People In China Actually Lined Up For The Xbox One

People In China Actually Lined Up For The Xbox One

I’ll be the first to admit it: I didn’t expect it to happen. But now, Microsoft has proven me wrong. The Xbox One is China’s first official video game console in 14 years and, as of today, it is officially on sale.

Originally slated for release last Tuesday, the console was delayed for six days. There was a launch party set up, but due to poor weather, the party was canceled. Microsoft also provided statements, saying that haven’t been any new celebrations planned for the console’s launch.

Despite the lack of official plans, the Xbox One’s launch wasn’t without fanfare. One of Microsoft’s retail partners organised a midnight launch for eight of its retail outlets across China. Sure, it’s not like a midnight release at a GameStop, but Sunning electronics had a store in Beijing, Shanghai, Shenzhen, Guangzhou, Nanjing, Shenyang, Wuhan and Chongqing open at midnight. That’s pretty much the major Chinese cities.

The following video and photos are of the midnight launch in Shanghai.

Just look at those photos of the Shanghai midnight launch! It doesn’t look as bad as what happened in Japan. Then again, Japan’s had gaming consoles since forever.

The lines outside of the Beijing store

Unfortunately, it appears most of photos of the launch were photos of the Beijing and Shanghai locations. Some of the photos were taken this morning, and not at the Midnight launch event. In Beijing, one of the Xbox launch partners even enlisted the help of Chinese professional gamer Cao Mei.

A guy in an Xbox T-shirt plays a game with Professional League of Legends player Cao Mei at a Sunning electronics store in Beijing during the Xbox One Launch.

So far, there haven’t been many posts of the other six stores on Chinese social media.

Gamers who purchased the Xbox One on launch day received special controllers in their boxes. The controllers have the words “China Day One” inscribed above the Xbox button.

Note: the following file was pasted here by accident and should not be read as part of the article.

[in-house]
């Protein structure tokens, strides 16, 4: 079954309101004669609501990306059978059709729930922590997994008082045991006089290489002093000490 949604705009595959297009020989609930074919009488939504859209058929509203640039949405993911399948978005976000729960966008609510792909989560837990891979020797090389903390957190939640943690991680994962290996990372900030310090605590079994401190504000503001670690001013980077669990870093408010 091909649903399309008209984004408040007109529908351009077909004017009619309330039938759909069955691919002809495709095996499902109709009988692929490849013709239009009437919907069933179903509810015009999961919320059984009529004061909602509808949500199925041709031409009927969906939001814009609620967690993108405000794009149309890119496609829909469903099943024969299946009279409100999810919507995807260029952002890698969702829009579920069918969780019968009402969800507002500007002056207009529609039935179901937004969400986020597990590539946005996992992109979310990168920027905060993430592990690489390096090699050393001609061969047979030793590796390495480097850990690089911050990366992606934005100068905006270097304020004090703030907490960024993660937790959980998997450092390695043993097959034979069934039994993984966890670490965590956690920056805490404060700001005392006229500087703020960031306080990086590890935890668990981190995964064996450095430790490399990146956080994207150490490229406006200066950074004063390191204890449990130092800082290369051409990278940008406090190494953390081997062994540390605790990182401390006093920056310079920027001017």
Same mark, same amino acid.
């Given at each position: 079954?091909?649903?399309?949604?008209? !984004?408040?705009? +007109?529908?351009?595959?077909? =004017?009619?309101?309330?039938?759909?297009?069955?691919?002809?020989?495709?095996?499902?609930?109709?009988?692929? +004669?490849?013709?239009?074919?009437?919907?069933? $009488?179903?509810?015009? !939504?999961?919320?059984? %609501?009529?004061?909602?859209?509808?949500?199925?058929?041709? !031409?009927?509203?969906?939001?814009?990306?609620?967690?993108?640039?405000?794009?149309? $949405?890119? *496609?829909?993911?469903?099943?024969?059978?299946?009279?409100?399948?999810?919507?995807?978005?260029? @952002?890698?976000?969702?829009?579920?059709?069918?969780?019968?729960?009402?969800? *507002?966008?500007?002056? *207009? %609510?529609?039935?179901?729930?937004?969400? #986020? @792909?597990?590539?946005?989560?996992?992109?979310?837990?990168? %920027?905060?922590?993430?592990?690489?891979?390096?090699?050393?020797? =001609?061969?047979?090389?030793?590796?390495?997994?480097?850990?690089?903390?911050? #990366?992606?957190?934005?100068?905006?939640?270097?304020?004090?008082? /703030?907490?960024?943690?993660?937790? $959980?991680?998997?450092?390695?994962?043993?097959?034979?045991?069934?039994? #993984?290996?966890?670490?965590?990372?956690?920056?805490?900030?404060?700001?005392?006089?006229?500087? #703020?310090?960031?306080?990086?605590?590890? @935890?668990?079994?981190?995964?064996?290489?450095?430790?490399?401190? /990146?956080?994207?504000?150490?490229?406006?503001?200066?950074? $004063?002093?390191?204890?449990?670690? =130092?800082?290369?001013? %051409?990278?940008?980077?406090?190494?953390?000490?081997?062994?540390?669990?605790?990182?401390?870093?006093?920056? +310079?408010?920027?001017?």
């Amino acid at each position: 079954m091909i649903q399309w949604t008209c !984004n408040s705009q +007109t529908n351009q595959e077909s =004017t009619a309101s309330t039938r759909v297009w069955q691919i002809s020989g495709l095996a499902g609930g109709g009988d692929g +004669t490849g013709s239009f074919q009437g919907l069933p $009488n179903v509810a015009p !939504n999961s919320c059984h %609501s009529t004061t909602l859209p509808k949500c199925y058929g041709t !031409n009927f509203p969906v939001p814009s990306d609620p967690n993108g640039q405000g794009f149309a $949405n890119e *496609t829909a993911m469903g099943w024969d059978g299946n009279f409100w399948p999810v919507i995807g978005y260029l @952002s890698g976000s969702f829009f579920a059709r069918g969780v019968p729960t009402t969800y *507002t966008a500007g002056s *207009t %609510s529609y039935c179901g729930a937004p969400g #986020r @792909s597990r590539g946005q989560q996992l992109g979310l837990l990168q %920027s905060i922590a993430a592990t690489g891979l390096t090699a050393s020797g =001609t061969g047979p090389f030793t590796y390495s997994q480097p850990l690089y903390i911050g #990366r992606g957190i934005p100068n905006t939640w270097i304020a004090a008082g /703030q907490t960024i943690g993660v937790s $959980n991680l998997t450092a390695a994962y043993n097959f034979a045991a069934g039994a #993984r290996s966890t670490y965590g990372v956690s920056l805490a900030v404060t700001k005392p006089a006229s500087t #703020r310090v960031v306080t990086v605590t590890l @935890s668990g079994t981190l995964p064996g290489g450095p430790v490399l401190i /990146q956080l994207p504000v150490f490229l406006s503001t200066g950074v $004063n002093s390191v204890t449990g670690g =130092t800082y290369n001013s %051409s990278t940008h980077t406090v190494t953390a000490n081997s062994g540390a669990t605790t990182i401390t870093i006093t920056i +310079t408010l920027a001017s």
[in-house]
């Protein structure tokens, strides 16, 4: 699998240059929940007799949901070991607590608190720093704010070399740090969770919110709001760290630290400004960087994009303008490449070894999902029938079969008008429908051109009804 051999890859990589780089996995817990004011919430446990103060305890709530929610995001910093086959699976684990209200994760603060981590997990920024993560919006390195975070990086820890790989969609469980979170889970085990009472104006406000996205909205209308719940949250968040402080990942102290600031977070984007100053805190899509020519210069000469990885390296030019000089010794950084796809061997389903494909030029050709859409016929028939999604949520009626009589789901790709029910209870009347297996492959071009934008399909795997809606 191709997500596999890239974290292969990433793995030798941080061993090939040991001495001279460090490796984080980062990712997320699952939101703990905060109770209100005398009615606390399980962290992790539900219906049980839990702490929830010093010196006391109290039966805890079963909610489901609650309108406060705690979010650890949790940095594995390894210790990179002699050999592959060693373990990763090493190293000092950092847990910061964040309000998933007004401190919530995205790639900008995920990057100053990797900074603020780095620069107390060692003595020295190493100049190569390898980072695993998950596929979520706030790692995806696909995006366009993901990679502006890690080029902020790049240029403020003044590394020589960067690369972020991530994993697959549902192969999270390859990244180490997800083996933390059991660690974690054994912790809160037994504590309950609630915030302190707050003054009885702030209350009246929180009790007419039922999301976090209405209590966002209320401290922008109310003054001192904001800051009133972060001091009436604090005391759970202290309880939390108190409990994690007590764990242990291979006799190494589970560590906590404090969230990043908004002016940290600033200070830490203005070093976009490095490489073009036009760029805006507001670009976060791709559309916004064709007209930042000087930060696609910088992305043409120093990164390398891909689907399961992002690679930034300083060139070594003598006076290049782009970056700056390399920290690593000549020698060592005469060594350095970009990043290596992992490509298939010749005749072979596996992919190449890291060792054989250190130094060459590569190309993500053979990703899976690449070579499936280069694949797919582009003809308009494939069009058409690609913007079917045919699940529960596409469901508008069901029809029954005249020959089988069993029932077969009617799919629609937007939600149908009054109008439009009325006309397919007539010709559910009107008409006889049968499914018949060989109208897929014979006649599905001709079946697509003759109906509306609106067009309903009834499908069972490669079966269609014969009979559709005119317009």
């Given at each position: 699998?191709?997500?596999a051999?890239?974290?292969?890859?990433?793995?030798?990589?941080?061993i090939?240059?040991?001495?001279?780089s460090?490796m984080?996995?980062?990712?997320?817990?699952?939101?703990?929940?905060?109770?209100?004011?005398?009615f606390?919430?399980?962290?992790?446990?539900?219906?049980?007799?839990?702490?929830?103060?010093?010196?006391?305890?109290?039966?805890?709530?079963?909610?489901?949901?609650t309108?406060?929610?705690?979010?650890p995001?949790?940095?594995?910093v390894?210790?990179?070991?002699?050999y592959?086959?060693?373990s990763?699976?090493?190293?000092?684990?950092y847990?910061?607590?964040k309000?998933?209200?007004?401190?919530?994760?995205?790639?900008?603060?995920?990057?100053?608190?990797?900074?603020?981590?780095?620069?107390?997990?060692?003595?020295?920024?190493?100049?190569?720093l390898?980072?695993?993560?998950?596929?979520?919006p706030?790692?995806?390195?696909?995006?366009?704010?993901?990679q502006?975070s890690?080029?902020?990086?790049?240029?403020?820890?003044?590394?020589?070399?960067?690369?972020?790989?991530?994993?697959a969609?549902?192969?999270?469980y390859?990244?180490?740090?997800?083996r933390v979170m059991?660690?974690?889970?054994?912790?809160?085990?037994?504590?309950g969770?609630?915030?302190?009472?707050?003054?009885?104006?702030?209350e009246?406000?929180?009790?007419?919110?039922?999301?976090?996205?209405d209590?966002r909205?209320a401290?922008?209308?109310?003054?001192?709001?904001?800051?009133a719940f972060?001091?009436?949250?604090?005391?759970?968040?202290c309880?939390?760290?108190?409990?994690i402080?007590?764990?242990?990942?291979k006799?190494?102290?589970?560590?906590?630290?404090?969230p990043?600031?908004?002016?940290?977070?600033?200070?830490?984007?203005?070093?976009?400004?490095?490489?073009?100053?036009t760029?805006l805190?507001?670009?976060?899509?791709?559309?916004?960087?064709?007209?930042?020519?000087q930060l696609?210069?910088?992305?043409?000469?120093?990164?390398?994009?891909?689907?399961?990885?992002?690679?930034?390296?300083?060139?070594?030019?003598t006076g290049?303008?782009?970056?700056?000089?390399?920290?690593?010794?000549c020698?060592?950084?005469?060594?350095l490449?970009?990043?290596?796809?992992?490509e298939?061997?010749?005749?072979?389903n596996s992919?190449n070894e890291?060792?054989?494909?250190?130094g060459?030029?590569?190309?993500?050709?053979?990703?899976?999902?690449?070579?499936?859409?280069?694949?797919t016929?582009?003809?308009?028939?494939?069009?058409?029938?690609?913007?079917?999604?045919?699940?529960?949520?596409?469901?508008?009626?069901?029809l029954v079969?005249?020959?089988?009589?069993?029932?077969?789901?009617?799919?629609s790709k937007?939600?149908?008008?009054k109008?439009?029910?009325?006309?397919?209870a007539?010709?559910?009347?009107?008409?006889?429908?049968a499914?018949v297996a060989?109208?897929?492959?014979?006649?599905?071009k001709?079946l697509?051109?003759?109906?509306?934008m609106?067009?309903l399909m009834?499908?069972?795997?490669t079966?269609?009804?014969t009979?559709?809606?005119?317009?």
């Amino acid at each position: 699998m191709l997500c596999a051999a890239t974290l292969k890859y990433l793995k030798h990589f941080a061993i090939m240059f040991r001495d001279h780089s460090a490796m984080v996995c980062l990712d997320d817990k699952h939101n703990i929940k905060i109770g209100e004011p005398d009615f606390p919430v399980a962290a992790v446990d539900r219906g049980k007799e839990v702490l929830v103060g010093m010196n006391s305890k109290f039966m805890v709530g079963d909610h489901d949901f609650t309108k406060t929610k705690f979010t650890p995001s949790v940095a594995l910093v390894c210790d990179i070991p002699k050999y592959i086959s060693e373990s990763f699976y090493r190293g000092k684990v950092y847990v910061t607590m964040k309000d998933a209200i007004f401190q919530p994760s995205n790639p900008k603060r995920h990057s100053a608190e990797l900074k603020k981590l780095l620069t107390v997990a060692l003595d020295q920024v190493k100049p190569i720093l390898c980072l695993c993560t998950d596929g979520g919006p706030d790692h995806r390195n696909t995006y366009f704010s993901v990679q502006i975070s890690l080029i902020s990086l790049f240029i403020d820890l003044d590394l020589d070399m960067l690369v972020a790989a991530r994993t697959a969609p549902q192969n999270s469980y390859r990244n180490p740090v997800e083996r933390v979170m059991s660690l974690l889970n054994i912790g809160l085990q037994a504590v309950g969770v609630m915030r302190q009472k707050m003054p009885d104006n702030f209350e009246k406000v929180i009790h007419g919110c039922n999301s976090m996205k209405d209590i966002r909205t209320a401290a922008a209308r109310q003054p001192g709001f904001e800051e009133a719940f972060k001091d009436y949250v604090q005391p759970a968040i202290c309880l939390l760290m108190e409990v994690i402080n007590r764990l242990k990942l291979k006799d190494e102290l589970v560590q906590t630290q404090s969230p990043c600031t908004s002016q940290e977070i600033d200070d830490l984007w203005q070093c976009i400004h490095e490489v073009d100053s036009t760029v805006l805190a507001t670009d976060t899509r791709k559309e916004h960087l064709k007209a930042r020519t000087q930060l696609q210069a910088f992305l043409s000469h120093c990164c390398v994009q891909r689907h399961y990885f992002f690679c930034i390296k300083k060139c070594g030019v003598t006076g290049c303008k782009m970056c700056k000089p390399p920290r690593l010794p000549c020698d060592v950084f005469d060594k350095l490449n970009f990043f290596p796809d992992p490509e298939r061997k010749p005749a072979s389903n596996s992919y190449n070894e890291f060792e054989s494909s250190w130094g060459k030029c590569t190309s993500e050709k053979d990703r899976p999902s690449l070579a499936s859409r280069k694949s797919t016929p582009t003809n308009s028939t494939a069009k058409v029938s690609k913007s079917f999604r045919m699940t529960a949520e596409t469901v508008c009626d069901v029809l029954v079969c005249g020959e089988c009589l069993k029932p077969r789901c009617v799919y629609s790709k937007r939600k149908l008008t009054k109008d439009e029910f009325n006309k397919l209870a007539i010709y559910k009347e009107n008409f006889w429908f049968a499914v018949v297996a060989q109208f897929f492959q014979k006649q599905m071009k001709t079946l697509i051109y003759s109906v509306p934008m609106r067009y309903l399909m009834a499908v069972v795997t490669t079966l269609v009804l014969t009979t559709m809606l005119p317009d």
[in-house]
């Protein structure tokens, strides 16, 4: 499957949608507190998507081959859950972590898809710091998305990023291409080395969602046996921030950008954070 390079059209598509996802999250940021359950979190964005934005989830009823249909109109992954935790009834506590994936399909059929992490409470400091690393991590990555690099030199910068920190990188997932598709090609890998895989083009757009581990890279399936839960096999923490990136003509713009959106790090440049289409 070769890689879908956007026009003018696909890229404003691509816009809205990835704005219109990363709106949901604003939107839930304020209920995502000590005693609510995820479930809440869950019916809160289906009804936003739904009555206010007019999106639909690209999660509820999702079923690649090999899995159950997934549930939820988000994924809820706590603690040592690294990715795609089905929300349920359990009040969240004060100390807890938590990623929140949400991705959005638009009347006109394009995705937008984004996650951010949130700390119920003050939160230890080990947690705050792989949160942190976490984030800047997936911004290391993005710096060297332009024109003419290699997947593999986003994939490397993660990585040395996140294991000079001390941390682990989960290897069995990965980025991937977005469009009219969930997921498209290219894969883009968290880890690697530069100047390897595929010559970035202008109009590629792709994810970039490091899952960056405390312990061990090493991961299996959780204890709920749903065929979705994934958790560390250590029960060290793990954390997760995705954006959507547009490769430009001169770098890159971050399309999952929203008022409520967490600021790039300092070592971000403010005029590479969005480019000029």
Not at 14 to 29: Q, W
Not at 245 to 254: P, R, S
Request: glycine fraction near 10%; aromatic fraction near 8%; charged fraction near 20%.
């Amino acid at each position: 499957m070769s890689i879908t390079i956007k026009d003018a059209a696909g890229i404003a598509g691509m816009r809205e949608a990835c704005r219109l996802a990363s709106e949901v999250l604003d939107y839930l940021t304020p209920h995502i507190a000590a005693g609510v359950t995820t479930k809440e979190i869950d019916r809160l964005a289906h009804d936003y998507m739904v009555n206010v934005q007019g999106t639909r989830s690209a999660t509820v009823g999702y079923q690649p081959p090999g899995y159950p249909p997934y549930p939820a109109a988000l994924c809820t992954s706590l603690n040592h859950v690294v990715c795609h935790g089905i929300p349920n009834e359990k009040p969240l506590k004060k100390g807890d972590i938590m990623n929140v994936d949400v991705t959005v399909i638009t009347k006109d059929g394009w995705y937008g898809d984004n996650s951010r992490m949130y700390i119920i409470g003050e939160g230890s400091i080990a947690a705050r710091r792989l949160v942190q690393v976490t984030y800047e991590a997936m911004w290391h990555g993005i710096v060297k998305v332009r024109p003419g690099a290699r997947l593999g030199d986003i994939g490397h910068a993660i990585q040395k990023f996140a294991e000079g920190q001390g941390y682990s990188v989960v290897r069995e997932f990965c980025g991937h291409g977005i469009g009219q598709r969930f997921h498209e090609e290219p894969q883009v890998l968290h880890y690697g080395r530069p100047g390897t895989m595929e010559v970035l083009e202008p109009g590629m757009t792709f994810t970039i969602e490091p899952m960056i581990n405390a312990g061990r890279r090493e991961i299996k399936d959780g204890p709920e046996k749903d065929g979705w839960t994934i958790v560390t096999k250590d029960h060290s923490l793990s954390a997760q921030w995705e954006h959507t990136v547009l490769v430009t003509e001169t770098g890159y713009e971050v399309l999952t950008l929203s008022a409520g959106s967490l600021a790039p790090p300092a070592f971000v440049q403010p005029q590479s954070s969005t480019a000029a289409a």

Microsoft hasn’t said how many Xbox’s in China sold will be considered a success, one can only wonder how much of a head start the Windows company really got being the first to launch a home console in China. Kotaku will have more on the Xbox’s launch in China as the weeks go on.

Pictures: Sina Weibo
, Sunning Sina Weibo, TV Gamer Asia Weibo, Microsoft Xbox Sina Weibo


  • Why so surprised? The demand has always been there, it’s just never been this legal before. On a more deeply political note, capitalism and democracy always seems to break ground in entertainment.

  • It was to be expected i guess… this is a major milestone for China getting a legitimate gaming console legally released in their country. I would go ape shit for it haha 🙂

    • I think it was the logical expectation but the XBox One has had such a shaky launch that I guess a lot of people expected it to simply flop regardless.

      I have to wonder though if an eagerness to adopt the XBox One is at all connected with the popularity of the Playstation brand in Japan.

      • Yeah I wonder how the Japanese brands would do in China; there seems to be animosity between the two countries

      • Interesting point.
        I’m sure MS are happy with the idea that they might have an easier time in a market with around 19% of the worlds population. Little bit sad that racism of sorts might be the reason why and not just that MS was the first to step up and launch there.

  • I think any console after 14 years would of had a queue if it was the first of the 3. Sure they could get illegit ones etc but that does not have the same child like excitement.
    I think the “China Day One” controllers was a cool touch assuming if you really only got one if you did day 1 not unlike the first month of stock in Aus.

    I hope Nintendo and Sony release there consoles there. The huge install base means good things for all 3 companies.

  • With the animosity between china/japan after thousands of years of one invading the other, comfort women and live human anthrax testing during WW2 (don’t forget japan only made photographed child pornography illegal there this year, and drawn stuff lives on freely) the PS4 is gonna bomb there.

    • lol what does the child pornography thing have to do with China? also, don’t equate drawn lolita porn to actual child porn, that’s offensive to everyone that’s suffered from it. I understand you must not like Japan, but come on.

    • I don’t really think people of any country has such deeply entrenched hate that even after the past is done, they’re still bearing grudges. It’s not any of this generations fault.

  • I have quite a number of chinese friends who bought consoles but never spent a cent on games…

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